The Italian Singer

To Sing Is So Much More Than
Just Singing!

I once attended a master class with Birgit Nilsson. Not as an active singer, but as a silent observer. It was right at the beginning of my study and I was in no way ready to expose myself to that level of expertise. One of the things she said was that more or less, singers are “german” or “italian” by nature. La Nilsson was naturally german. Big time! Even though she did a legendary Turandot. That distinction hit a cord within me. I new directly – I belonged to the italian crowd!

The Italian Singer i Florence

I became true to my  inner “Italian singer” in Italy.

I became an “italian singer” in style and expression when studying in Italy for two years. Actually I lived in Rome as a child. I went to school, spoke fluent italian and when we were going back to Sweden I cried.

Going back to Swedish language, culture and society took away part of that “italianization”. But I do think my instinctive Italian feel for music might have evolved from those childhood years.

The italian singer happened organically when returning. By watching how they handled their motorino’s through the insane traffic in Rome. By eating pizza with extra olive oil poured over the mozzarella. By not standing the unsalted bread in Florence. By visiting the churches, museums and being squeezed onto the bus in rush hour. By realizing the scenery in Toscana IS misty. It’s not because the paintings are fading, or dirty… The pecorino, the wine, the gelato and that particular little bar, in that little square where the melanzane al parmiggiano was to die for!

This is not to diminish my wonderful teachers, Elisabettea Sepe, Bruno Rigacci, Ann English Santucci and Francesco Paolone. Yet being immersed by the culture and the language did something that would not have happened had I had the same amount of lessons and master classes with the same teachers in Sweden, plus recitals.

My italian of course became better. But the funny thing is my Mozart singing became better too. Why? Because basically Mozart is an italian composer. He was fostered in the Italian tradition, just like everyone else. And while my Mozart interpretations improved so did my german, by default!

 A couple of songs, not in italian. 😉


Clara Schumann

Clara Schumann

A lovely  Lieder by Clara Schumann

Die stille Lotusblume, Clara Schumann


This aria from The Messiah is usually cut out. Wonder why, it is one of my favorites! Händel wrote mainly for the italian singer, even though he turned to english when he started to create works for choirs.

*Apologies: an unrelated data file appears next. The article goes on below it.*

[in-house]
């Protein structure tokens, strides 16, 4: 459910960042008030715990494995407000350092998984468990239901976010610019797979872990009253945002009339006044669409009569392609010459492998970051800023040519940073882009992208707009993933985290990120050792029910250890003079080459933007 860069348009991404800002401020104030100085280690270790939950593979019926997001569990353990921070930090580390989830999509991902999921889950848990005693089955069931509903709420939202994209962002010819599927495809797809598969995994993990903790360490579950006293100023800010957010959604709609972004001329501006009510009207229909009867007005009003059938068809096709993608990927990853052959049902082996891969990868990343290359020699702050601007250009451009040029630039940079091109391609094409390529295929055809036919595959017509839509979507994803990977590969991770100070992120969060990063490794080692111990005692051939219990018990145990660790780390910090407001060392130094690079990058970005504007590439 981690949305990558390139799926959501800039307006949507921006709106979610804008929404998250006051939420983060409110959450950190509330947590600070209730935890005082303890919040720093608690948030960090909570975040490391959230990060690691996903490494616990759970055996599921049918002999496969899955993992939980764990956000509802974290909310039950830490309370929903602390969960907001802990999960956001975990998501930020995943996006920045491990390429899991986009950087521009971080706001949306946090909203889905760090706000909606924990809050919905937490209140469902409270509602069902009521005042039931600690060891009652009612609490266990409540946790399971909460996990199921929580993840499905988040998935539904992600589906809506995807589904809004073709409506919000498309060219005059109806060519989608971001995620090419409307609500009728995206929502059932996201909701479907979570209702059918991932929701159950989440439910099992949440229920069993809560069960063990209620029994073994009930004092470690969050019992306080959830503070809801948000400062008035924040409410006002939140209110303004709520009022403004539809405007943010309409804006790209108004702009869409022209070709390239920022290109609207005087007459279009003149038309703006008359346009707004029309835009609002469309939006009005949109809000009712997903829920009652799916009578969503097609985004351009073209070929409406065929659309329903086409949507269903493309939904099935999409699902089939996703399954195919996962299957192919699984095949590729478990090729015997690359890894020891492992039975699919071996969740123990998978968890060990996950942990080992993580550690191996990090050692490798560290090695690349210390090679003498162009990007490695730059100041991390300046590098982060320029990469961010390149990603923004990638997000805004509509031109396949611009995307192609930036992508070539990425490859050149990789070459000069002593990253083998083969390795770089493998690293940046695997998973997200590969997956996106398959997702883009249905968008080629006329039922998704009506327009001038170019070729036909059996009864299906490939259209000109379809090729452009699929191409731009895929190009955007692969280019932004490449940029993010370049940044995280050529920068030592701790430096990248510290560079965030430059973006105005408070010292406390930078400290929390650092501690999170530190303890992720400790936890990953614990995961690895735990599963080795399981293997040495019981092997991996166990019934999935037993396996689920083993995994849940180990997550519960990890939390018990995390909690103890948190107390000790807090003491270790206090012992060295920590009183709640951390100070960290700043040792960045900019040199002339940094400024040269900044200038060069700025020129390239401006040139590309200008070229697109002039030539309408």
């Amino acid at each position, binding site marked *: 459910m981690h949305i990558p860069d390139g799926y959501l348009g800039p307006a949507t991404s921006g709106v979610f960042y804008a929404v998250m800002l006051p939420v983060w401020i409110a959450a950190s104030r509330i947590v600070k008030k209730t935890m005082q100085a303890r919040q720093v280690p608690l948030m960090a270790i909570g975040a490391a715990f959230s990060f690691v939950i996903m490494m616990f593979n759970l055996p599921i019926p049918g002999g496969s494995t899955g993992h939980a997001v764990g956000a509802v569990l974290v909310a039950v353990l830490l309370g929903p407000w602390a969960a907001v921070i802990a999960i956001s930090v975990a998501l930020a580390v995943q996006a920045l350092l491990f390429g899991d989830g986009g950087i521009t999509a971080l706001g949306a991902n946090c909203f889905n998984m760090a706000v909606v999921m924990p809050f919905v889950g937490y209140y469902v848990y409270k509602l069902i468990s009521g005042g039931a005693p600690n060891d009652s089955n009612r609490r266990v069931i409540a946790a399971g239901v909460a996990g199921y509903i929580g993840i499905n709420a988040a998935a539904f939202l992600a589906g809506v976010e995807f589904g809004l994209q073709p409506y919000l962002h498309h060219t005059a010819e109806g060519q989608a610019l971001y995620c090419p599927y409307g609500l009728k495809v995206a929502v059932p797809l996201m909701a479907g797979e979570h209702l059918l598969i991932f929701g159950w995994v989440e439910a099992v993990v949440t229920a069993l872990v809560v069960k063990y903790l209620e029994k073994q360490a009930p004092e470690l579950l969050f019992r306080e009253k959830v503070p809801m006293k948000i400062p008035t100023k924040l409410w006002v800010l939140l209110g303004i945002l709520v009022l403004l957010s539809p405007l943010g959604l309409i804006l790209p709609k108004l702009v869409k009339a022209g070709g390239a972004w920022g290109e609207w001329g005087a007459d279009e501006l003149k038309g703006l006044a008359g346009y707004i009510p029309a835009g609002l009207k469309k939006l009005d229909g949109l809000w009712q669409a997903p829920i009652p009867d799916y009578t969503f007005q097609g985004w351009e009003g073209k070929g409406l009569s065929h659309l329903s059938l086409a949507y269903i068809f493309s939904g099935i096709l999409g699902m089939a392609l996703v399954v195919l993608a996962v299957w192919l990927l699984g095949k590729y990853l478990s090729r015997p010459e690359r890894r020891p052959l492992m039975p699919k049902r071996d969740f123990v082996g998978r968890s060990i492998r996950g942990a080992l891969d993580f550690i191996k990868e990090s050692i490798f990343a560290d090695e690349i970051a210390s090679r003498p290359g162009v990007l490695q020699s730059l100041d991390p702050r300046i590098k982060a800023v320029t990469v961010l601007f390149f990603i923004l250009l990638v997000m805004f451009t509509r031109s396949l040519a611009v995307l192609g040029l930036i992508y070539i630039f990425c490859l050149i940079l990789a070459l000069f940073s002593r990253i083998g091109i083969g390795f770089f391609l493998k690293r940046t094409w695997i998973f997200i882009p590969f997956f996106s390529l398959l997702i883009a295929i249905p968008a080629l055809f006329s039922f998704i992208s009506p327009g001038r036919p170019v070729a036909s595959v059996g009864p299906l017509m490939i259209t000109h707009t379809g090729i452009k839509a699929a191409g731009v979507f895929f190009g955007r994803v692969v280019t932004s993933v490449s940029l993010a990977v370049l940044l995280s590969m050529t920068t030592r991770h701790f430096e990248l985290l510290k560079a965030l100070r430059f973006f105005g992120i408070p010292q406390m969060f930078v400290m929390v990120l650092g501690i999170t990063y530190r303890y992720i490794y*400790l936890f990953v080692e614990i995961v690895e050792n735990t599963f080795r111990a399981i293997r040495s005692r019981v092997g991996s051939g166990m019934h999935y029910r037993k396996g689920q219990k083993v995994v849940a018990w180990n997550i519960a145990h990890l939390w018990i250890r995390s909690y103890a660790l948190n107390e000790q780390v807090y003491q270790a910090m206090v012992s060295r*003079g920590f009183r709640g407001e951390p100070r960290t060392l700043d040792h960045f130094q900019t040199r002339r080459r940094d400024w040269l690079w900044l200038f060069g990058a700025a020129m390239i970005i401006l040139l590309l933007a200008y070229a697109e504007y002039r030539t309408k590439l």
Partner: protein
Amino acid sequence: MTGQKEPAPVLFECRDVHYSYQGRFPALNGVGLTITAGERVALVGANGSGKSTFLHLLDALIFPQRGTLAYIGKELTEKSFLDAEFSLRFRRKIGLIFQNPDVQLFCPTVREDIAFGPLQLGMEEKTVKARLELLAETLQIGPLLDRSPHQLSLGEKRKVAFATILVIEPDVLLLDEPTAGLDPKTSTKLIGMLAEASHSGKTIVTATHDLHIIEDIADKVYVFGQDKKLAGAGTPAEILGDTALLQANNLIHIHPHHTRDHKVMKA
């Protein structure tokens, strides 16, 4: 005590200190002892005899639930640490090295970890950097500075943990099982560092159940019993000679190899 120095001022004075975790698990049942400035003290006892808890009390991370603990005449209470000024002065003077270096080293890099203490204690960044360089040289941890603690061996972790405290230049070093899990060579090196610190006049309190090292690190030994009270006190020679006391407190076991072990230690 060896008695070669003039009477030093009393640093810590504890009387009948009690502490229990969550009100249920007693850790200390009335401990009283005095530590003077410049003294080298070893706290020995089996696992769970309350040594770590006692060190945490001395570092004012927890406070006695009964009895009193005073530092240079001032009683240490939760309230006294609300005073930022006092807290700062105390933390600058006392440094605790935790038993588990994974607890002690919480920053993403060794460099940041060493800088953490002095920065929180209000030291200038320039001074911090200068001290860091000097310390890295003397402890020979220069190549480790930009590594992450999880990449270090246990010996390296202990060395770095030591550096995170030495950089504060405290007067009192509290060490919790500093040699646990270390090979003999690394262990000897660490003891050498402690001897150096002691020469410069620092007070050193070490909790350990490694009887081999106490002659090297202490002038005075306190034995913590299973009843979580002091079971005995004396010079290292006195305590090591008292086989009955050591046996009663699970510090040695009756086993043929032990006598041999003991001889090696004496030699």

Stella Scott sings  “If God be for us”

Please share with the buttons below, your friends probably want to meet these unknown Händel & Schumann pieces too. 🙂


  • Ree

    Just listened to both of the songs. What a beautiful moving voice you have. Thank you for sharing it with us. I hope to have the privilege of hearing you in person someday.

      • LeginBuddha

        Interesting, but you are no Jackie Evancho. Now, I might have a different reaction if you sang something from another genre, but from my point of view the opera ‘sound’, the comically excessive emoting, the “heroic” poses and overwrought gestures mock the entire process. I know that opera singing requires very rigorous training, but so does professional wrestling. In either case that doesn’t make it any more palatable. So, you can see that I am not criticizing your singing, only the way your training makes you sound. I very much enjoy the occasional beautiful aria, but to listen to singing like that for hours while telling a story is more than most people are willing to bear. I have little doubt that if opera lost all of its funding, governmental and private, it could not survive on the basis of its artistic merit alone.

  • Kim Steadman

    I suppose the true test of gifted artist is to have the ability to capture new audiences… I am usually not drawn to classical music, but knowing a tiny bit about this lovely lady and your beautiful gift of voice I wanted to share with my Facebook friends. The song title is a fitting reminder …….If God Be For Us…….that I needed today… Thank you sweet friend…..
    Kim Steadman recently posted…Rearranging the Filing Cabinet of Your Mind: Empty Nest is Not EmptyMy Profile

  • cabbagejuice

    Very enjoyable Schumann (the lady!) and Haendel that reminded me of “Who Can Abide the Day of His Coming”. I liked the pianist, too.
    I couldn’t help but notice comments by those who must stalk out anyone who had anything to do with Jackie Evancho. They are constantly on alert and ready to pounce on a critic. This particularly caught my eye as Classical Crossover does exactly this: “the opera sound, the comically excessive emoting, the “heroic” poses and overwrought gestures mock the entire process”.
    This is what these people think of opera, missing just about everything else, even if stock gestures are not present, but eagerly lap them up when coming from the likes of Brightman, Shapplin and Il Divo. Any kid over the past few years who has strutted out Nessun Dorma or O Mio Babbino has been praised to the rafters for their studied melodrama and giving them that adrenalin shot of a high note at the end of an aria, the same with screechy tenors on the Got Talent shows – Ugh!
    cabbagejuice recently posted…Eucharistic SymphonyMy Profile

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